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In post-Enron America, business is placing unprecedented emphasis on values and ethics. Companies everywhere are working to articulate their defining values. Like many executive coaches, I'm regularly asked to help in this exercise.
When talking about corporate values, I commonly invite leaders to consider the distinction between "values" and "virtues." These two concepts, while closely related, are significantly different. If I ask you what you value, you will tell me what you believe in. But if someone describes your virtues, they will tell me how you behave. That's because we espouse values, but we embody virtues.
Or worded another way, virtues are values held dear enough that we translate them into action. A colleague recently explained it like this. "Virtues," he said, "are values with legs."
Ideally, all of our values would have "legs." That is, our corporate life would fully embody every value we espouse. We would unfailingly walk our talk. Unfortunately, that's not always the case. Individuals and organizations frequently hold to values — even passionately defending them — that never get more than lip service. (Take a moment to list your organization's values, then ask yourself, "Which ones of these are indeed corporate virtues?")
I know organizations who pride themselves on empowerment as a core value. But when you talk to workers who are supposedly "empowered," you find them constantly on pins and needles. One little mistake, they fear, will lead to immediate censure. Why such fear? Because they've experienced a corporate culture that talks empowerment, but practices tight-fisted control. They find themselves in an organization where empowerment is merely a value, not yet a virtue.
When there's a sharp disconnect between espoused values and what the culture actually embodies, workers and volunteers have a name for it. They call it "corporate hypocrisy." And they lay the blame squarely on top management, as well they should. A primary duty of leadership is to translate corporate values into corporate virtues.
Yet that's a tall order. It calls not merely for leadership, but for transformational leadership. Why? Because defining values is an intellectual exercise. Developing virtues is a transformational enterprise.
Thus, to translate values into virtues, leaders must be adept at transforming corporate culture. This means first and foremost that leaders must set the example themselves. They should never expect their organization to embody virtues which they do not embody themselves.
Second, leaders must align rewards with desired virtues. Several years ago, a major national bank identified customer retention and satisfaction as one of its primary values. It launched a high-dollar publicity campaign, both internally and externally, to promote its commitment to this value.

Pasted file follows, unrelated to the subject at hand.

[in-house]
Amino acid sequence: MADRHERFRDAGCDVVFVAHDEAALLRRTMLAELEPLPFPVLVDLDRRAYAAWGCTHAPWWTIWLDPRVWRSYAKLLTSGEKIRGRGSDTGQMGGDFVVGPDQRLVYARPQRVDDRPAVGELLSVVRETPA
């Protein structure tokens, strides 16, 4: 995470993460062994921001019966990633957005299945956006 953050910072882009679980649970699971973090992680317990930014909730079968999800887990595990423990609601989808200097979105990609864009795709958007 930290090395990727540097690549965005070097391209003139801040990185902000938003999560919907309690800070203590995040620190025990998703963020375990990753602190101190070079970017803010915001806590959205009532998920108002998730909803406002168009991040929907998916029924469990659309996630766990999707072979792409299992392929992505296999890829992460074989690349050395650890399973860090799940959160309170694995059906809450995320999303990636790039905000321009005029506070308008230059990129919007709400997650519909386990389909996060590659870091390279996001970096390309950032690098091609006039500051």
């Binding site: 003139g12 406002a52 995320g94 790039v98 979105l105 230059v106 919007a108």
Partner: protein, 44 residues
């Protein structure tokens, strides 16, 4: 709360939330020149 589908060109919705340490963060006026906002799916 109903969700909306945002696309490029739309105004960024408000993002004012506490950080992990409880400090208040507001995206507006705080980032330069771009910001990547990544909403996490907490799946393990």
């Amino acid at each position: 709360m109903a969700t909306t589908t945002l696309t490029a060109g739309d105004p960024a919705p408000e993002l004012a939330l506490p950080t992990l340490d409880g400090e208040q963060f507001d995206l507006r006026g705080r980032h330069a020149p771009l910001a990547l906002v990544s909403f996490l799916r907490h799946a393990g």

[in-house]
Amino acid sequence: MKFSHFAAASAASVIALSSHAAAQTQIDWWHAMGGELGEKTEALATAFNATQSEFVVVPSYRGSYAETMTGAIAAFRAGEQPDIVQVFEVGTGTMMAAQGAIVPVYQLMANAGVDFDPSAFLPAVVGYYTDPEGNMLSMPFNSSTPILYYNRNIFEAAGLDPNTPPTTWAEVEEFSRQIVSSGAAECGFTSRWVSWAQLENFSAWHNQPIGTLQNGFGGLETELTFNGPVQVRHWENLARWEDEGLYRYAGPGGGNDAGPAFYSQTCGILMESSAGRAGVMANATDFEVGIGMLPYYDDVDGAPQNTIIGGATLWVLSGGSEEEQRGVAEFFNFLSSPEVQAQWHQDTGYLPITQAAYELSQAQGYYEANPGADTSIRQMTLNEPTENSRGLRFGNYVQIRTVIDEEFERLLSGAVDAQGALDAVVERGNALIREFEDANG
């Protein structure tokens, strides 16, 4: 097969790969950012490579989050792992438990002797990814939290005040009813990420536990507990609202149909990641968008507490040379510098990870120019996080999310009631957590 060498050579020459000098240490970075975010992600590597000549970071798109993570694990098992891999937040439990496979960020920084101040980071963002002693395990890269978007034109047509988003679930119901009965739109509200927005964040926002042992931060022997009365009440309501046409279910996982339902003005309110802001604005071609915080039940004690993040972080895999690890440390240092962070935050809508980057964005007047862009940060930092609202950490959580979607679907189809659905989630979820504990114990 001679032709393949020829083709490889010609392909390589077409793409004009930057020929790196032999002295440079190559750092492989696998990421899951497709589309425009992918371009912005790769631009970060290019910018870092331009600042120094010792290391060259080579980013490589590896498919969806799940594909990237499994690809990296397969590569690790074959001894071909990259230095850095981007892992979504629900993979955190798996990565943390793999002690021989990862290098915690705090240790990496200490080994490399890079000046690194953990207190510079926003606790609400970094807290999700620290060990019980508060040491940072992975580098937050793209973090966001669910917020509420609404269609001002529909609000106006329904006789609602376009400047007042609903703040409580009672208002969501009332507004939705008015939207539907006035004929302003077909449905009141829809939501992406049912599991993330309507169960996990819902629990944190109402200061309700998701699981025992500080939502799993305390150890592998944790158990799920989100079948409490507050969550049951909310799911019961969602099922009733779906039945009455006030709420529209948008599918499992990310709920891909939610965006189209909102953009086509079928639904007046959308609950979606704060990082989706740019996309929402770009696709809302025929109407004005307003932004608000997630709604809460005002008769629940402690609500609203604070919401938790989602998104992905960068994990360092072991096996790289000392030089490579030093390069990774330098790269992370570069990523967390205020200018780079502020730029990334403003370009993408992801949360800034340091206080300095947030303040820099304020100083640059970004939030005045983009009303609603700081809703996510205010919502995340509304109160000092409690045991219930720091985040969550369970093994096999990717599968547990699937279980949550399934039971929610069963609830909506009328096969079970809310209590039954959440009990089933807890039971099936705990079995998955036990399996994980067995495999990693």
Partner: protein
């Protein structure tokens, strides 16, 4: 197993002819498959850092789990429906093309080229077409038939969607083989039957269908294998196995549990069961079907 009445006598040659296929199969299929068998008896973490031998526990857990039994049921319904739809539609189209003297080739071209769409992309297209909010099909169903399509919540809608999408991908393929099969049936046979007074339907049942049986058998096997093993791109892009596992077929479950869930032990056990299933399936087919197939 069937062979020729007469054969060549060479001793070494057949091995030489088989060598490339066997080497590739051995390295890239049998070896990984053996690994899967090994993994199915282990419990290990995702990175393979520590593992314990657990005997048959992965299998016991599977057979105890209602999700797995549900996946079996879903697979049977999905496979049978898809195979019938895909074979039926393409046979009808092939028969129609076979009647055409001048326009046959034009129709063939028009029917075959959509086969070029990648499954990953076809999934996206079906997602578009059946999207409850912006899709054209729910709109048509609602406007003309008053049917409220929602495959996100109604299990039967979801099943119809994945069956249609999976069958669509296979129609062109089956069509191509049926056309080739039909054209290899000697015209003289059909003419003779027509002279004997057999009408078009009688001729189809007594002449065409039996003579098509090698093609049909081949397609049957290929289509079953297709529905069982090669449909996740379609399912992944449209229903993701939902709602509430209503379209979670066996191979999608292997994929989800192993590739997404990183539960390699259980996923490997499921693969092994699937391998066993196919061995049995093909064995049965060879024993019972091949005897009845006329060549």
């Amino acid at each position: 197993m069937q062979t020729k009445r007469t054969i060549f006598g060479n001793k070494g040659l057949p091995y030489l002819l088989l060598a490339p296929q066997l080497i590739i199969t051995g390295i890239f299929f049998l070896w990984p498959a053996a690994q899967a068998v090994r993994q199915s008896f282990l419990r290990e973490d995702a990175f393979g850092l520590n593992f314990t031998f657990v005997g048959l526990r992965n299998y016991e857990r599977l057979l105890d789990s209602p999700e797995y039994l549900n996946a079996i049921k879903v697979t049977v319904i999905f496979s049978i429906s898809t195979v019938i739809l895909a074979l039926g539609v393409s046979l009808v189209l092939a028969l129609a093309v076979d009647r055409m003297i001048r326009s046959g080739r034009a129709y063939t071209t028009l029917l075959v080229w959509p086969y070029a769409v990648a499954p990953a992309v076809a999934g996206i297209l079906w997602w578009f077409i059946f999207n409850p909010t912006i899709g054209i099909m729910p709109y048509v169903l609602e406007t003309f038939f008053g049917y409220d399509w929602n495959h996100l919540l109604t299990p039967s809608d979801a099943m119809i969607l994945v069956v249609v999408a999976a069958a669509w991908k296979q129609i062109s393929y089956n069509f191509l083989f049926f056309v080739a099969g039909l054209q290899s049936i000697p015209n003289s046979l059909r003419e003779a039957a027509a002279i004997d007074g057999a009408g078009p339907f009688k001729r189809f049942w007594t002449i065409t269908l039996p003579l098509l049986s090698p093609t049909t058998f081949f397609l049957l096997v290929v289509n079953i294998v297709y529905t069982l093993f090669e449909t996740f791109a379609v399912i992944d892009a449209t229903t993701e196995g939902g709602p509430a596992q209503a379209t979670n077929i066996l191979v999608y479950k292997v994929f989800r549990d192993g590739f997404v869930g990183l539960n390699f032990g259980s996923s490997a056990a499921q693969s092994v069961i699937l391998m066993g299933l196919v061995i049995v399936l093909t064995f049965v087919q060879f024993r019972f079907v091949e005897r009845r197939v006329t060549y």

But customer retention was never factored into bonuses and promotions. Instead, bonuses and promotions continued to be based on how successfully a loan officer sold certain high-profit products and services. Selling was rewarded. Customer retention was not. And needless to say, for all the talk about keeping the customer satisfied, customer turnover made no improvement. Customer retention never became a virtue.
Third, "hero stories" must reinforce desired virtues. In every organization there are stories about individuals whose behavior is held up for praise and admiration. These are the people who become corporate heroes. Leaders should purposefully foster only those hero stories that reflect desired virtues. If team cooperation is a desired virtue, don't celebrate the accomplishments of people who achieve great things by striking out on their own. If you want to be known as an organization with a family-friendly atmosphere, avoid telling hero stories about people who consistently work 70 hours a week.
Our word "virtue" is derived from the Latin term virtus, which means "strength" and comes from the Latin word vir, meaning "man." In effect, "virtue" originally meant "what makes a man a man." Our virtues are our strengths, both corporately and individually. They make us what we are.
To the Romans a man without virtus was a man without strength. Likewise, an organization is only as strong as its genuine virtues. Virtues don't just happen. They are developed through discipline. And through leadership — the leadership of men and women know how to "put legs on values."
© 2003, Dr. Mike Armour